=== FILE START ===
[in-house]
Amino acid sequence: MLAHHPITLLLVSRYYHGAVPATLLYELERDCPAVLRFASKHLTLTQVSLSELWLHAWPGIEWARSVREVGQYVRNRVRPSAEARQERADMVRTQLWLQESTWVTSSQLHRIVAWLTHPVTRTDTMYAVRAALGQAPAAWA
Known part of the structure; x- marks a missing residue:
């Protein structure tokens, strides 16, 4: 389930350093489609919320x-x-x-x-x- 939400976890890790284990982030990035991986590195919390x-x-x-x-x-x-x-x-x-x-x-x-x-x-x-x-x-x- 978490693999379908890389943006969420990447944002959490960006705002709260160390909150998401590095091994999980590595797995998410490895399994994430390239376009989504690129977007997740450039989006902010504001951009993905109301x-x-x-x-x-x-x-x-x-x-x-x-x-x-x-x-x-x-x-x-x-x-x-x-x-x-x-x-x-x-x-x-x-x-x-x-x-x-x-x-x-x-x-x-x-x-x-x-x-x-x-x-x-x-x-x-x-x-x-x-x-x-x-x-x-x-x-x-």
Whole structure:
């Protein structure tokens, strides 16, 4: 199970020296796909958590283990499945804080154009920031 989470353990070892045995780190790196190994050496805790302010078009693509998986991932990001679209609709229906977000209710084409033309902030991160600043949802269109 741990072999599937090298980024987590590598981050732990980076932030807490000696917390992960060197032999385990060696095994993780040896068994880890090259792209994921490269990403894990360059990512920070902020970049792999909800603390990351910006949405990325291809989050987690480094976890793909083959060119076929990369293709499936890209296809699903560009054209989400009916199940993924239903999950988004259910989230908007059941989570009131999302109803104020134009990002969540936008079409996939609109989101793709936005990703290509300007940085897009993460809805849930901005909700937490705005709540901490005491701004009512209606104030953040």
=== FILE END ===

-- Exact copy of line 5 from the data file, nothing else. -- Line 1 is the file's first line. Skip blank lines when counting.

Whole structure: